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WARNING! Honduras

Roatán at sunset

© Shawn Jackson | Dreamstime.com

A gunman robs and fires on a family of cruise tourists, a week after the State Department renews its warning to travelers on Honduran crime.

Quick, which country has the highest murder rate per capita in the world? Mexico? Brazil? Iraq? Pakistan?

The correct answer is Honduras.

The day before Christmas, the US State Department renewed its travel warning on Honduras, citing the country’s continued disturbingly high rates of crime and violence.

The day after New Year’s, Jeff Smith was driving with his three teenaged daughters on a rural road on the northeast side of the Honduran island of Roatán when a gunman jumped out of the bushes and started shooting at them.

In his panic to escape, Smith said he crashed the vehicle, after which the gunman walked up and robbed the family of their iPhones, a camera and cash.

You can find more details about the incident, as well as Roatán and Honduras in general, in this Cruise Critic story here.

I’ve heard of cruise ship passengers and crew being held up at gunpoint before (mercifully very rarely), but this is the first time I’ve ever heard of somebody being robbed and actually shot at.

The Smiths were passengers aboard Carnival Conquest out of New Orleans, one of several cruise ships that make regular port calls to Roatán the largest of several islands in Honduras Bay.

One look and you know why the cruise industry drops roughly 800,000 passengers a year on this island for a day. Roatán has that tropical paradise/picture postcard vibe. A photographer could go nuts here.

It’s known as a hotspot for eco-tourism. Jungle ziplines and suspension bridge walks, snorkeling and scuba diving in pristine waters, great food and nightlife. Some expatriates even tout Roatán as a place to retire.

All that, however, seems to be focused on the west side of this relatively small island. The east side, apparently, is a different story. The Smiths rented a vehicle and took off on their own to the east — by their own account, without researching Roatán beforehand.

Bad move. Almost fatally bad.

This took place on one island off the Honduran coast. The Honduran mainland is little better and can be worse. The city of San Pedro Sula has a higher murder rate than any city in Mexico — or anywhere else.

Nor does it fill you with confidence when you read things like this, from the State Department warning:

“Members of the Honduran National Police are known to engage in criminal activity, including murder and car theft. The Government of Honduras lacks sufficient resources to properly investigate and prosecute cases, and police often lack vehicles or fuel to respond to calls for assistance. In practice, this means police may take hours to arrive at the scene of a violent crime, or may not respond at all. As a result, criminals operate with a high degree of impunity throughout Honduras.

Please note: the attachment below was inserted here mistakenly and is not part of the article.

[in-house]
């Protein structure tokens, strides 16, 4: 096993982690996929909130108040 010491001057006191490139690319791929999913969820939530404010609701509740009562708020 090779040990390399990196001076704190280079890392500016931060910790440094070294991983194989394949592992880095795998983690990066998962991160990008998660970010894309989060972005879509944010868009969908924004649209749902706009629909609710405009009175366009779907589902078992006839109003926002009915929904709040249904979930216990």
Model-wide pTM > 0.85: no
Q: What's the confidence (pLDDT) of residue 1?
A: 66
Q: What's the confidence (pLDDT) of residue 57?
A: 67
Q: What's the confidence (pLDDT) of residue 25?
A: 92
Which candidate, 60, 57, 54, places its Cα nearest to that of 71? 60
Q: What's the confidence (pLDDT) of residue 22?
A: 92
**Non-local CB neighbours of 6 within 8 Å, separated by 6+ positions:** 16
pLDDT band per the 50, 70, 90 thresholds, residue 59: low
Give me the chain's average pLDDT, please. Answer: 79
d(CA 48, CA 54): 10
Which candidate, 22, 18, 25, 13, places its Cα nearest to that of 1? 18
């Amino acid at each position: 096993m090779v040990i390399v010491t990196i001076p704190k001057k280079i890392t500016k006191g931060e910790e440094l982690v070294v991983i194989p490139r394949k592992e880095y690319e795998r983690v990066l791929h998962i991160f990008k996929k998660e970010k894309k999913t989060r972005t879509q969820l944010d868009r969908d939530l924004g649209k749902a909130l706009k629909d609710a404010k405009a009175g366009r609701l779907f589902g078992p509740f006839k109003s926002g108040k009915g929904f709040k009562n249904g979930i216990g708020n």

For the more adventurous traveler, there’s always the temptation to break away from the hordes of fellow tourists and their “canned” organized tours, especially if it means spending hours on cramp, uncomfortable buses. And there are places where you can do that, safely and enjoyably.

However, you need to take a few steps first.

  1. Do your homework
    Research your destination with security in mind. Check the State Department Web site for travel warnings. Make use of national, regional and local tourism boards. Hit travel forums like TripAdvisor and Frommers, among others. If you’re going to be arriving as a cruise ship passenger, talk to the cruise line and check their passenger forums, as well.
  2. Assume nothing
    Maybe you’ve spent a lot of time in your destination area in the past, so you feel comfortable and confident about returning. Things change, sometimes for the better, sometimes for the worse. Make sure you’re up-to-date on current conditions. You don’t want to miss an opportunity for a great experience because of fears of conditions that no longer exist. Nor do you want to put yourself or your family in Harm’s way by presuming everything’s “cool” when it longer is.
  3. Use your instincts, use your head
    Your instincts exist to keep you safe. Don’t ignore them. If the little voice in the back of your head is telling you that driving off into the jungle on your own may not be the best idea, listen to it. Especially if you have kids along with you.

When it comes to your safety, due diligence is a must, because all destinations are not created equal.

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